“Learning, growth and transformation are creative processes at the core of global leadership”.

Such was the message as Sina Wendt-Moore participated at the CSCLeaders Global leadership programme earlier this year.

This is where she was introduced to the concept of ‘Cultural Intelligence’ (CQ) – the ability to connect across different “cultures”. Invited as CEO of Leadership New Zealand, Sina drew on her broad experience leading and working across multiple sectors with LeadershipNZ as well as diverse organisations such YWCA Aotearoa NZ, PACIFICA Auckland, C-Me Mentoring, public sector and corporate organisations – the Pacific Media Network, Telecom Directories and NZIM.

Julia Middleton framed CQ as broad ‘cultural intelligence’ – where “culture’ is broadly thought of as the collective mind-set of people who have things in common. We belong to lots of different ‘cultures’ and learn cues from each other within these groups – so cultural divides occur on multiple levels beyond ethnic influence into generational, sector, gender and so on.

CQ is about actively embracing difference, building bridges across the difference and learning how to lead and work across it. Diversity of thought and experience brings a richness to conversations about how we, as citizens, can innovate and work together to solve some of the complex challenges facing our society.

With roots from her Samoan heritage, Sina is influenced by her ethnic culture, traditions and hierarchy, her gender and experiences being a daughter, sister, mother and wife living in two very different contexts, and raising a family in AotearoaNZ. She explains that CQ is made up of two things – core and flex. If we want to build our CQ and leverage diversity, we need to start by being self-aware and identifying our beliefs, values & biases – understanding what is at our very core. The challenge is then looking at how much we can ‘flex’ from our core – where we are prepared to move and adapt; how much flex we have with understanding both what is at our core and being able to understand others with differing beliefs and values – being open-minded.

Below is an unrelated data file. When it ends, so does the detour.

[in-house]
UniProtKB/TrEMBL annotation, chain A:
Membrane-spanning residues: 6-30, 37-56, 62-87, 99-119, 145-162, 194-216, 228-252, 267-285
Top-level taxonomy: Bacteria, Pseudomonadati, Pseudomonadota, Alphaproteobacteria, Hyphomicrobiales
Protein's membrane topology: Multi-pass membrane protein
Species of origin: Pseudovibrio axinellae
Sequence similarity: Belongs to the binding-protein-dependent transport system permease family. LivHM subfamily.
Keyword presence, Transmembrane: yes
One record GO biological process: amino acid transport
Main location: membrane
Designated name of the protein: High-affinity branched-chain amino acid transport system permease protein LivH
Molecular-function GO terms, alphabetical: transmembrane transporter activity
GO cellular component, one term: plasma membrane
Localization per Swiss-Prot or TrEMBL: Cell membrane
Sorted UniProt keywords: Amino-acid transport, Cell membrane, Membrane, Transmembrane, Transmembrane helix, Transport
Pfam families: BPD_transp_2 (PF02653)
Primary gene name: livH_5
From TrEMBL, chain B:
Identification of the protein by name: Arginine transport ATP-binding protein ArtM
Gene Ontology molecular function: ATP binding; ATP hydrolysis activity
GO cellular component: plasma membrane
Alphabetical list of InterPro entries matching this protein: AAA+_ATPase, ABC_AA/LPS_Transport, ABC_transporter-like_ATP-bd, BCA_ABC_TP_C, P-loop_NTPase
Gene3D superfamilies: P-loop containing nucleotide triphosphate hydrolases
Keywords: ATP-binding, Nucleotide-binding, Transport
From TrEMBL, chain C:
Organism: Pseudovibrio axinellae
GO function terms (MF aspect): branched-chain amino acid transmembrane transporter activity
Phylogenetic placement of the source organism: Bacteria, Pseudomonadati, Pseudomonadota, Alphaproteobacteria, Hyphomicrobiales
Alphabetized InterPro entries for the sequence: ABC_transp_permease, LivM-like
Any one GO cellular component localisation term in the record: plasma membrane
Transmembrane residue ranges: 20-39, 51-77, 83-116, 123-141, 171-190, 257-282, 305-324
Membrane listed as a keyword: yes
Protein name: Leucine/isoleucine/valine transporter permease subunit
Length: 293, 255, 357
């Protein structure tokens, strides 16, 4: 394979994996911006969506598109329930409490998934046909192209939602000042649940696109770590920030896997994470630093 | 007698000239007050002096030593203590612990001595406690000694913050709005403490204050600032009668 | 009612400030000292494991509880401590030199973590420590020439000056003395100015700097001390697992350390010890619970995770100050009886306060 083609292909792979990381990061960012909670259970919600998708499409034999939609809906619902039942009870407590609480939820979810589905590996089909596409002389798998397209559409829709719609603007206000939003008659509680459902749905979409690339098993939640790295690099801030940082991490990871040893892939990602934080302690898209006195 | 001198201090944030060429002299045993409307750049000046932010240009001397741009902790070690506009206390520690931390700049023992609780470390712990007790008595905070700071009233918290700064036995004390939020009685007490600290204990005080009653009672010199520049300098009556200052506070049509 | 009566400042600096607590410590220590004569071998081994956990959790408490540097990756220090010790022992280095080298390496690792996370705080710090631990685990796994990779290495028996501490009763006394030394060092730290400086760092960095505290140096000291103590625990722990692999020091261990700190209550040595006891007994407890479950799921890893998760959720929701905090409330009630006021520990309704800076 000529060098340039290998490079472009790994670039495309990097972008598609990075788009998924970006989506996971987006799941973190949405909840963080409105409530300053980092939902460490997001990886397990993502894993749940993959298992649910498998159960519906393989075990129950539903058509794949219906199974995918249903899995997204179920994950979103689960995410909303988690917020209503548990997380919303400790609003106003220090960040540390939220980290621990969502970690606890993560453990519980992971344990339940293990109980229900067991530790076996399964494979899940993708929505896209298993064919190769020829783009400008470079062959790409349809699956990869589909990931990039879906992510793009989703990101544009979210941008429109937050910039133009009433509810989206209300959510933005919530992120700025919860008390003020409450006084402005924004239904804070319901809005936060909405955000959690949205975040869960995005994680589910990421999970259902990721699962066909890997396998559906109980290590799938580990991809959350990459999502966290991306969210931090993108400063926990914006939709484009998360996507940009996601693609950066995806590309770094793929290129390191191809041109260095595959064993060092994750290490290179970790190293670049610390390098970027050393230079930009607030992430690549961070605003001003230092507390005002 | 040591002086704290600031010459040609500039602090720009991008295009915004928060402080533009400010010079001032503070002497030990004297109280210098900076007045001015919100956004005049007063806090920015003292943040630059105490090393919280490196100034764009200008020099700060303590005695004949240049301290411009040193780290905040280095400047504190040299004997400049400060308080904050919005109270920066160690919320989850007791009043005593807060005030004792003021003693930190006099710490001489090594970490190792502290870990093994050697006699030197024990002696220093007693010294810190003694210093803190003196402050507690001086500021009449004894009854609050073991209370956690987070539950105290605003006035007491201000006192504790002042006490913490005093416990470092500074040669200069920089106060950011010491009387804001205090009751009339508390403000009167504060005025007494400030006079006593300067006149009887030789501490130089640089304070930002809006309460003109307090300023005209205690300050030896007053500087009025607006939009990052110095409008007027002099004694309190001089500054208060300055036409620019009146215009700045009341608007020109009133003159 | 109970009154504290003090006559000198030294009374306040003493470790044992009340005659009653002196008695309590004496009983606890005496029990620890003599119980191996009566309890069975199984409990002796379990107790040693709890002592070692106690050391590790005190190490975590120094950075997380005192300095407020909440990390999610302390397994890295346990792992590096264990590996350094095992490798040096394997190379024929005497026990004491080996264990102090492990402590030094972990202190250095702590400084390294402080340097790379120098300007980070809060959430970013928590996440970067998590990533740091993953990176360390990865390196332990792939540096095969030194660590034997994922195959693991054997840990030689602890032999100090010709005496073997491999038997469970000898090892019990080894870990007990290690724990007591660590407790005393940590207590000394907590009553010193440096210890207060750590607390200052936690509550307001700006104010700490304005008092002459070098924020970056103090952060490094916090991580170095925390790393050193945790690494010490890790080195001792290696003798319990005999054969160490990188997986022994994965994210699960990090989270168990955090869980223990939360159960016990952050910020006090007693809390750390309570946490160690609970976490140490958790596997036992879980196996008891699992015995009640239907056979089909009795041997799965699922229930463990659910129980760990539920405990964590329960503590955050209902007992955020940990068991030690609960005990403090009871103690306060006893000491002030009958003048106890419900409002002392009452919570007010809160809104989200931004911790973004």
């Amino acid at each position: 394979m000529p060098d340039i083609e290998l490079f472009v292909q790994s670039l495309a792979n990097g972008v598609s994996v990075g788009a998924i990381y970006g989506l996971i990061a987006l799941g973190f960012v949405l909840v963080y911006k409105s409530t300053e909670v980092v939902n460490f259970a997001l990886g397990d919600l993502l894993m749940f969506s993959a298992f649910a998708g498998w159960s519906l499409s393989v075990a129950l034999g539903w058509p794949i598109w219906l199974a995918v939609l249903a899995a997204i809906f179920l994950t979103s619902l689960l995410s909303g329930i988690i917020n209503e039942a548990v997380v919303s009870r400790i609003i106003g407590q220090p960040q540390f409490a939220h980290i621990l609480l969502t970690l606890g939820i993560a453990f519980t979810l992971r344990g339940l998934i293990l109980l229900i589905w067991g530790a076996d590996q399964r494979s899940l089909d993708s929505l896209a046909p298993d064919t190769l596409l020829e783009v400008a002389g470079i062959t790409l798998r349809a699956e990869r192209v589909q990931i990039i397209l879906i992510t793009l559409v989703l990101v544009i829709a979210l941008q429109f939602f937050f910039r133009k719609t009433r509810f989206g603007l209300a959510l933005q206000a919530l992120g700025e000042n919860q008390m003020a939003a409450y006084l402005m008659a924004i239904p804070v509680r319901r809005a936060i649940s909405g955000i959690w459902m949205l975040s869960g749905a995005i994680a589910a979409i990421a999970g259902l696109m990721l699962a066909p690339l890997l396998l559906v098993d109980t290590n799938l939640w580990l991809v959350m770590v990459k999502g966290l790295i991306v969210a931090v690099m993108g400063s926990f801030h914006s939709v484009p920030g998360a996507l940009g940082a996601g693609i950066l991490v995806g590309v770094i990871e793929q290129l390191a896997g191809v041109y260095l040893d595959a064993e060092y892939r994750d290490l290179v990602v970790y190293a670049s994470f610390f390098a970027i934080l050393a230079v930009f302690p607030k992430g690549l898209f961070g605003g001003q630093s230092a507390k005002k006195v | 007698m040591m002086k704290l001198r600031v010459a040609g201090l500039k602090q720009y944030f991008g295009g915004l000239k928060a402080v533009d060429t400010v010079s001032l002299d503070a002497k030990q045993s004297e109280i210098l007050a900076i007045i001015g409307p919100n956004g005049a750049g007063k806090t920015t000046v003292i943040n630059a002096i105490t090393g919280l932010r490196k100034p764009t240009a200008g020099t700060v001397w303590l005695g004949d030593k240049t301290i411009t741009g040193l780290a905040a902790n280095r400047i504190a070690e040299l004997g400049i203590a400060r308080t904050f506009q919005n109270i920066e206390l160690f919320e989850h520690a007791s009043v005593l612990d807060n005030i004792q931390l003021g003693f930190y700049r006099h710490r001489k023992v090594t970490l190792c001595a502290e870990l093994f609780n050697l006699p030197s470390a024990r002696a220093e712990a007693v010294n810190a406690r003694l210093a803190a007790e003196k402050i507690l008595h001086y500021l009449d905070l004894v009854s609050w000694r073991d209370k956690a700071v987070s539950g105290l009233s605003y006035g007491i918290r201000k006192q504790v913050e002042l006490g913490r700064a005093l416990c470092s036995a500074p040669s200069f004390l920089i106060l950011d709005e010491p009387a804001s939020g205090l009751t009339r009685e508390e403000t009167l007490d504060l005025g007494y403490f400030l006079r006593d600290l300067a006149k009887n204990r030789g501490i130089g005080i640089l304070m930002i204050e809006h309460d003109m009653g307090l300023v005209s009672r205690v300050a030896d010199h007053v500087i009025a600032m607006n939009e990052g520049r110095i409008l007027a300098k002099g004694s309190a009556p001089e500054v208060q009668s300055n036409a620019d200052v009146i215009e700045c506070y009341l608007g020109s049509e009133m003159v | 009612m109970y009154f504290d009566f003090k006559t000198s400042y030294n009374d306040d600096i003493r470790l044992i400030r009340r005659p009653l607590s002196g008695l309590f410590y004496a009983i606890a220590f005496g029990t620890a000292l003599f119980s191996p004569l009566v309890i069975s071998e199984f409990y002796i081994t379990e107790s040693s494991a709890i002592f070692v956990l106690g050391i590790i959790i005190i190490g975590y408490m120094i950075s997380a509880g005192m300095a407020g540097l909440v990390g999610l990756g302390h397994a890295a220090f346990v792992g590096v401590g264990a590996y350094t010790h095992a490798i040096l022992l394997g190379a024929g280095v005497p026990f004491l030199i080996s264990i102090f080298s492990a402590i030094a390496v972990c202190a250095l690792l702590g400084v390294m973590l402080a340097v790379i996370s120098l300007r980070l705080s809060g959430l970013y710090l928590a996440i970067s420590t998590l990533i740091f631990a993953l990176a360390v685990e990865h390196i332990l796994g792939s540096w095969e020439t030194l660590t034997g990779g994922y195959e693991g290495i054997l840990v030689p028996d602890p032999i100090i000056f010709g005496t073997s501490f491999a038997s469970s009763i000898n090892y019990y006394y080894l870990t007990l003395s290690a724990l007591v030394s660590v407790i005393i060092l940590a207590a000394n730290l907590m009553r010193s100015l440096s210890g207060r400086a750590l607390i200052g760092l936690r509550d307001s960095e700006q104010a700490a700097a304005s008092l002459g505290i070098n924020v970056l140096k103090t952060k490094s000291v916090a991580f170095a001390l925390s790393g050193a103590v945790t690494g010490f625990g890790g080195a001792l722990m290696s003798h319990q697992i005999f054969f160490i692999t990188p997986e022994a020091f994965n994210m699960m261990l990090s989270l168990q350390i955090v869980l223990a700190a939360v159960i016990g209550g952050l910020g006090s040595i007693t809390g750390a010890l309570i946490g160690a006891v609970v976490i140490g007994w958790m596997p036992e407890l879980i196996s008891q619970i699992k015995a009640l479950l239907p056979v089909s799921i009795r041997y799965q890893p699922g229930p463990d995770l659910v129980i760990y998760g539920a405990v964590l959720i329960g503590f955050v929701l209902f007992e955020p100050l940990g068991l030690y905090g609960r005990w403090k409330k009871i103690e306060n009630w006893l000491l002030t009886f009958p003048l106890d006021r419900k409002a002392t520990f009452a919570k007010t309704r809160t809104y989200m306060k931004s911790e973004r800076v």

We asked Sina what strengths we have nationally to adapt to CQ and she believes that New Zealand is small, connected and agile with ‘1.5 degrees of separation’. Because of this, we have the tremendous opportunity to build our CQ as a nation, and connect with diverse groups of people beyond our normal (comfortable) spheres of influence. The challenge for the average New Zealander is to go beyond everyday life and build capacity through connecting people around what matters most for them – enabling positive change.

Sina is passionate about leadership and ethnic diversity, particularly empowering ethnic women as leaders. She explained that sometimes women from another cultures aren’t always sure about the ‘rules of engagement’ – they ‘don’t know what they don’t know’ – so how can we change this? She also believes that there is bias and ignorance in organisations that really closes the organisations off to the benefits of diversity, of embracing alternative mindsets and ways of working that would help their companies be more successful. We need to address unconscious bias and review how we recruit, employ, lead and manage people.

An area of focus for Sina over the next 12 months is to create greater awareness and improve support for inter-generational leadership – looking at how we harness the power of four generations in a workplace. She is passionate about strengthening young leaders within the perspective of diversity. Leadership New Zealand aims to change the way in which our leaders ‘lead’ through collective impact to achieve over and above what we currently do.

Sina has observed NFPs becoming more strategic as they are increasingly facing complex issues, and needing to ensure they’re about sustainability and impact. She says good governance is vital and recruiting well to strengthen mission and vision. As well as having a passion for ‘the cause’, skills and talents are critical for good leadership in NFP organisations. Her advice to prospective and current board members is to know what you are bringing to the role and how you’ll effect change within that organisation. Clarity of what you are getting yourself in for is important – so do some due diligence.

For more about Leadership New Zealand you can visit their website.

For a great article about “A Stronger New Zealand through better boards” visit leadership.co.nz.

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